“Darcy’s a wriggler,” I explain. It’s a while before you stop jumping at every buzzer, every alarm. “Her parents are normally here in the evenings, but it’s their wedding anniversary today. They’ve gone to see a musical.” “Ooh, what are they seeing?” Yin has seen West Side Story eleven times. Pinned to the lanyard around her neck are badges from Phantom, Les Mis, Matilda . “Wicked, I think.” “Oh, that’s brilliant! I saw it with Imogen Sinclair as Glinda. They’ll love it.” Eight-month-old Darcy has meningitis.

Had meningitis: another reason why her parents are having a rare evening away from PICU. They’re finally through the worst. “My husband’s away, too,” I tell Nikki. “He travels a lot, with work.” I turn to Dylan. “Daddy’s missing your big day, isn’t he?” “His birthday?” “Better than a birthday.” I touch the wooden arm of my chair, an instinctive gesture I must do a hundred times a day. I think of all the parents who have sat in this chair before me; of the surreptitious strokes from superstitious fingers. “Dylan’s coming off the ventilator tomorrow.” I look at Cheryl.

“We’ve tried a few times, haven’t we, but this little monkey . Fingers crossed, eh?” “Fingers crossed,” Cheryl says. “Is that a big step forward?” Nikki asks. I grin. “The biggest.” I stand up. “Right, my darling, I’ll be off.” It feels odd, at first, talking like this, with other families all around you. You’re self-conscious. Like making phone calls in an open-plan office, or when you go to the gym for the first time and you think everyone’s looking at you.

They’re not, of course, they’re too busy thinking about their own phone call, their own workout, their own sick child. So, you start talking, and three months later you’re like me—unable to stop. “Nanny’s coming to see you at the weekend—that’ll be nice, won’t it? She’s missed you terribly, but she didn’t want to come anywhere near you, not with that horrible cold she had. Poor Nanny.” It’s become a habit now, this prattling on. I’ll catch myself talking out loud in the car, at the shops, at home; filling the space where See the tractor? and Time for bed and Look with your eyes, Dylan, not your hands should be. They tell you it’s good to talk to the kids. That they find it reassuring to hear Mum and Dad’s voices. I think it’s us who find it reassuring. It’s a reminder of who we were before we were PICU parents.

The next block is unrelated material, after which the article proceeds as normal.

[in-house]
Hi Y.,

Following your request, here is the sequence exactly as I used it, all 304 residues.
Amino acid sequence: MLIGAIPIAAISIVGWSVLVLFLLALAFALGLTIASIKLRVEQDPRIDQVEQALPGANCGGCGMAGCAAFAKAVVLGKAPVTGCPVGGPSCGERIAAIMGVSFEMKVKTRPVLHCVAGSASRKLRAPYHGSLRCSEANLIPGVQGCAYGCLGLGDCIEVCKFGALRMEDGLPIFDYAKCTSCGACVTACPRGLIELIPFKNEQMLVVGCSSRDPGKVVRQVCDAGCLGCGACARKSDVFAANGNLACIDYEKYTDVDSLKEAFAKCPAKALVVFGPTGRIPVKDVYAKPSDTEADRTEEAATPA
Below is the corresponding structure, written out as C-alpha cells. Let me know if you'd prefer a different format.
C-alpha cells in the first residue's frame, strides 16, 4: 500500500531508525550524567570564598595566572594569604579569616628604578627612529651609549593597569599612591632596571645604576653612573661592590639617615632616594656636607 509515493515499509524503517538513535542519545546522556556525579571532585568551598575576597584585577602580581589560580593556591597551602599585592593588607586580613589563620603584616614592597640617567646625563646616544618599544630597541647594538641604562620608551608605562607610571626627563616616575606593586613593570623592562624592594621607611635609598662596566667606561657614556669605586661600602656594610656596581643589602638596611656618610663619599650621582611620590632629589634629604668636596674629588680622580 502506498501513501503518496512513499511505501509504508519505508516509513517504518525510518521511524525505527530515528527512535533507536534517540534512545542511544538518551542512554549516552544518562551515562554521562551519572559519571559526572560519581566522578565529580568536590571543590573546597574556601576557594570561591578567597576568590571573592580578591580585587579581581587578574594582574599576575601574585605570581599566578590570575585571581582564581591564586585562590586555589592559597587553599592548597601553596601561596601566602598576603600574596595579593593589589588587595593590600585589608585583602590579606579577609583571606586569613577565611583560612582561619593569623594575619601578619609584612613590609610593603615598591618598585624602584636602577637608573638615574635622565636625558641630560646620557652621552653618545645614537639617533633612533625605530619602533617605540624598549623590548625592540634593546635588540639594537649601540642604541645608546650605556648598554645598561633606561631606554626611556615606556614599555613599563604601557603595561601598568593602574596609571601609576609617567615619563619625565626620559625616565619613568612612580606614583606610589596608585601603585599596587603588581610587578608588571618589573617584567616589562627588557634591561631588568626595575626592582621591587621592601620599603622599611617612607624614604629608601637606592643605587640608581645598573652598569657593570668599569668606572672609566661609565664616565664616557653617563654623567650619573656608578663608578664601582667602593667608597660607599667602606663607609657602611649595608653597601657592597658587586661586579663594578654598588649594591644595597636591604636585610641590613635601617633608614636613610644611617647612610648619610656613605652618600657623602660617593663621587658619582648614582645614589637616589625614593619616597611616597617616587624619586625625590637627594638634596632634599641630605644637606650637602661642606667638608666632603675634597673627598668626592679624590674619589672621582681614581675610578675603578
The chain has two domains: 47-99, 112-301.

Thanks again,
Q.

I drop the side of Dylan’s cot, so I can lean over him, my forearms resting either side of him, and our noses touching. “Eskimo kiss,” I say softly. He never let us forget that final good-night kiss, no matter how many cuddles had been given, how many raspberries blown. “Keemo!” he’d insist, and I’d drop the cot side once more, and lean for a final good night, and he’d press his nose against mine and wrap his fingers around my hair. “Love you, baby boy,” I tell him now. I close my eyes, imagining warm breath on my face, sweet from bedtime milk. Tomorrow, I think. Tomorrow they’ll take out the tube, and this time it won’t go back in. I kiss his forehead and raise the cot side, making sure it clicks safely into place so he can’t fall out. “Night, Cheryl.

Bye, Aaron, Yin. See you tomorrow?” “Off for three days,” Yin says, holding up both hands in a hallelujah. “Oh, so you are—you’re going to visit your sister, aren’t you? Have a lovely time.” I look at Nikki Slater, who has pulled her chair a little closer to her son, so she can rest her head beside his. “Get some rest if you can,” I say gently. “It’s a long road we’re all on.” I say good night to the girls at the nurses’ station, and to Paul, the porter who brought Dylan from the cancer ward to PICU, and who always asks after him. I collect my coat, find my keys, and walk to the car park, where I feed another ten pounds into the ticket machine. You can buy season tickets, if you’re visiting someone in intensive care. I always make sure new parents know about it, because it all adds up, doesn’t it? Especially when you have to bring two cars here, like Max and I often do.

It’s ten pounds to park for twentyfour hours, but they’ll give you a week for twenty quid, or a whole month for forty. I bought the month ticket in November, and again in December, but when January came and I stood by the office with my purse in my hand, I couldn’t bear to ask for another month’s parking. It felt so . defeatist. We wouldn’t be here for another four weeks, surely? Not when Dylan was so much more stable. Frost glitters the tarmac. I scrape the ice off the windscreen with an Aretha Franklin CD case, and put the heating on full blast till the glass clears of mist. By the time I can see, it’s so hot I have to open the window to stop myself from falling asleep. The drive home takes a little over an hour. The hospital has accommodation for parents—three bedsits with tiny kitchens as new as the day they were installed, because who thinks about cooking when your child’s in intensive care? We stayed there for most of November, and then Max had to work, and Dylan was critical but stable, and it felt right to give up the flat for someone who needed it more.